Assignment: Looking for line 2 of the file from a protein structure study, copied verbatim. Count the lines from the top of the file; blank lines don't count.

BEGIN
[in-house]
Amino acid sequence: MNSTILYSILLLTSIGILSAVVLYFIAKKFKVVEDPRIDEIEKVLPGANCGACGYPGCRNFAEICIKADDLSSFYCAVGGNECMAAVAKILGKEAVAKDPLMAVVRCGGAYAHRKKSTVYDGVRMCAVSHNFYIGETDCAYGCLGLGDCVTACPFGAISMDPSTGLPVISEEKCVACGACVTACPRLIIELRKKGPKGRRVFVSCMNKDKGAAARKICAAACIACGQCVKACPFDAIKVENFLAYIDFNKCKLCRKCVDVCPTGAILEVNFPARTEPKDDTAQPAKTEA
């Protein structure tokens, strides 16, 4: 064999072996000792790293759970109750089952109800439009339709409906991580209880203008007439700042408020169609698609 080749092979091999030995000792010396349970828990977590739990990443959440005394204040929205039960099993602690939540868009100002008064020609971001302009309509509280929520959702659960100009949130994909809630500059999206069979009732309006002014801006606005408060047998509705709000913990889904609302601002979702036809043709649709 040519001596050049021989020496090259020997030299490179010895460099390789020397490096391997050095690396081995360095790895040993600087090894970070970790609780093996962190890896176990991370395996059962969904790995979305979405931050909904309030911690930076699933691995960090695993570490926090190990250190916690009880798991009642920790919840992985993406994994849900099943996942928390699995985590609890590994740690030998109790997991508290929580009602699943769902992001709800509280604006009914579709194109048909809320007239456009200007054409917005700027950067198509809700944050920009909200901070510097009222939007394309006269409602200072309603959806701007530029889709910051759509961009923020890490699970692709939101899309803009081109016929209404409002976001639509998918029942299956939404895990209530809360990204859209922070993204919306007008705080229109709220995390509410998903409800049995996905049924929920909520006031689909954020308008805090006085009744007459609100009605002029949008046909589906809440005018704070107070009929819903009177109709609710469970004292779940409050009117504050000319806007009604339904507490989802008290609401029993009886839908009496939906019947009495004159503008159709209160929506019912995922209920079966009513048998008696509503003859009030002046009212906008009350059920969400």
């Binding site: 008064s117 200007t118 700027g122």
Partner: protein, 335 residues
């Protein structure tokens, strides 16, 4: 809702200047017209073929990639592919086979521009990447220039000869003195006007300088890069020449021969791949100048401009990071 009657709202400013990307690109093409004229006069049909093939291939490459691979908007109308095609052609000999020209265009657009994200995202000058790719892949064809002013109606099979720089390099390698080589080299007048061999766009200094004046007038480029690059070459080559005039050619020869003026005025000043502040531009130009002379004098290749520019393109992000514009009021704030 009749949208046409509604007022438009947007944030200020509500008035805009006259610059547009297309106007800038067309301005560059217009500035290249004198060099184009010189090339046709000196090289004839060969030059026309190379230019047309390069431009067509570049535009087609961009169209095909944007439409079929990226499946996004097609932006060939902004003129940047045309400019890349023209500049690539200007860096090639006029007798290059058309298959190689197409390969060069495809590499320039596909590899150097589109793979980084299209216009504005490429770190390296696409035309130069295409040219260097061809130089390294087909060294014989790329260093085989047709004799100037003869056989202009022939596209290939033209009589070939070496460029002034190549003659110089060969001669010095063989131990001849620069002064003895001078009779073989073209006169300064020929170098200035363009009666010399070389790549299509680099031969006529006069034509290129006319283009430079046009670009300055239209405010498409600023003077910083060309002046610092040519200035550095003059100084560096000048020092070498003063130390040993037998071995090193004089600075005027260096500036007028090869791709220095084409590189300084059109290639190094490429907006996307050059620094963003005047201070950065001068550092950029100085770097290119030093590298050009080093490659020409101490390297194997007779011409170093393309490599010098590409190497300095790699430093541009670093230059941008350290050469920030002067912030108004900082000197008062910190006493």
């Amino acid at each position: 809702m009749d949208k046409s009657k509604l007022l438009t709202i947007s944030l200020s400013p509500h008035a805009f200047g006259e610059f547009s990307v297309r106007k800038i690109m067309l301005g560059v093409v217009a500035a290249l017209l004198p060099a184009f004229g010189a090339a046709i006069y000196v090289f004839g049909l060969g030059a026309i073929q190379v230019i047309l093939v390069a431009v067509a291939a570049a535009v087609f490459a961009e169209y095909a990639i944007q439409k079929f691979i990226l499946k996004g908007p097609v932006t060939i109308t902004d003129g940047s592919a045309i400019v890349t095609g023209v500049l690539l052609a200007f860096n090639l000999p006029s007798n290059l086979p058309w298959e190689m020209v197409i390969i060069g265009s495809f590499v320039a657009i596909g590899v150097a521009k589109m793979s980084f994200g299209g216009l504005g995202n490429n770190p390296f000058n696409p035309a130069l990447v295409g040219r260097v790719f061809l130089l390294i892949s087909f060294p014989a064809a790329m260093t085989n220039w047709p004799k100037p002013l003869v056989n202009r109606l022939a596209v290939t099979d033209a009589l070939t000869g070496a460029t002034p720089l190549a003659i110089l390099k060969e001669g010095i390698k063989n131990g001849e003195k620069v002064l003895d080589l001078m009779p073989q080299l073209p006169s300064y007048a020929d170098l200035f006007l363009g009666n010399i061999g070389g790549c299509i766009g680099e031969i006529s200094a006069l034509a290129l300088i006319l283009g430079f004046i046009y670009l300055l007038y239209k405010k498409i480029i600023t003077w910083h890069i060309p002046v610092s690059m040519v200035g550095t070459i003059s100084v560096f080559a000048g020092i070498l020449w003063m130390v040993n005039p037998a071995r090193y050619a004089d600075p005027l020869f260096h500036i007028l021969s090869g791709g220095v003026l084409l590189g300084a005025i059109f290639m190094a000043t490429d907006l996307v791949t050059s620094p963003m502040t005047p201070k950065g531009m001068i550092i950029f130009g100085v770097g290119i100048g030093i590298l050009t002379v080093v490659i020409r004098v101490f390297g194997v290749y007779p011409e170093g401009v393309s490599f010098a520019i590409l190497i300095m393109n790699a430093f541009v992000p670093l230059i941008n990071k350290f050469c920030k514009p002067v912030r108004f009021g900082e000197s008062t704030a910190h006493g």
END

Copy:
Amino acid sequence: MNSTILYSILLLTSIGILSAVVLYFIAKKFKVVEDPRIDEIEKVLPGANCGACGYPGCRNFAEICIKADDLSSFYCAVGGNECMAAVAKILGKEAVAKDPLMAVVRCGGAYAHRKKSTVYDGVRMCAVSHNFYIGETDCAYGCLGLGDCVTACPFGAISMDPSTGLPVISEEKCVACGACVTACPRLIIELRKKGPKGRRVFVSCMNKDKGAAARKICAAACIACGQCVKACPFDAIKVENFLAYIDFNKCKLCRKCVDVCPTGAILEVNFPARTEPKDDTAQPAKTEA